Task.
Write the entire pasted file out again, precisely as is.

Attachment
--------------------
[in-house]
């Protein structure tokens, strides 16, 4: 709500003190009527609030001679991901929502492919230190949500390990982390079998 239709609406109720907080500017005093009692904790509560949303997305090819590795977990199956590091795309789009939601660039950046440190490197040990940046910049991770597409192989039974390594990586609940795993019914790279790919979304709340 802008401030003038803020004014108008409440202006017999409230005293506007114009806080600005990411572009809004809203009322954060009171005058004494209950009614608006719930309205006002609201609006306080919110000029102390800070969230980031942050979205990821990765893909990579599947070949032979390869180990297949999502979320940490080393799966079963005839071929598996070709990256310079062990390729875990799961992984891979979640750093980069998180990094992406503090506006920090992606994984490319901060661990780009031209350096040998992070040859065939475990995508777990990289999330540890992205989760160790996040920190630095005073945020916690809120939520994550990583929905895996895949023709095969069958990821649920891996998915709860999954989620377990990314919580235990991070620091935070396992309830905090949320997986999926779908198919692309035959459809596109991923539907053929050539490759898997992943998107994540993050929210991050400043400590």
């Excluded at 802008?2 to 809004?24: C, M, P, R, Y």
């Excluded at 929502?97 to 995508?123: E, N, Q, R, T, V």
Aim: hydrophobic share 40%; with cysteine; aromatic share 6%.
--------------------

[in-house]
């Protein structure tokens, strides 16, 4: 709500003190009527609030001679991901929502492919230190949500390990982390079998 239709609406109720907080500017005093009692904790509560949303997305090819590795977990199956590091795309789009939601660039950046440190490197040990940046910049991770597409192989039974390594990586609940795993019914790279790919979304709340 802008401030003038803020004014108008409440202006017999409230005293506007114009806080600005990411572009809004809203009322954060009171005058004494209950009614608006719930309205006002609201609006306080919110000029102390800070969230980031942050979205990821990765893909990579599947070949032979390869180990297949999502979320940490080393799966079963005839071929598996070709990256310079062990390729875990799961992984891979979640750093980069998180990094992406503090506006920090992606994984490319901060661990780009031209350096040998992070040859065939475990995508777990990289999330540890992205989760160790996040920190630095005073945020916690809120939520994550990583929905895996895949023709095969069958990821649920891996998915709860999954989620377990990314919580235990991070620091935070396992309830905090949320997986999926779908198919692309035959459809596109991923539907053929050539490759898997992943998107994540993050929210991050400043400590």
């Excluded at 802008?2 to 809004?24: C, M, P, R, Y």
């Excluded at 929502?97 to 995508?123: E, N, Q, R, T, V």
Aim: hydrophobic share 40%; with cysteine; aromatic share 6%.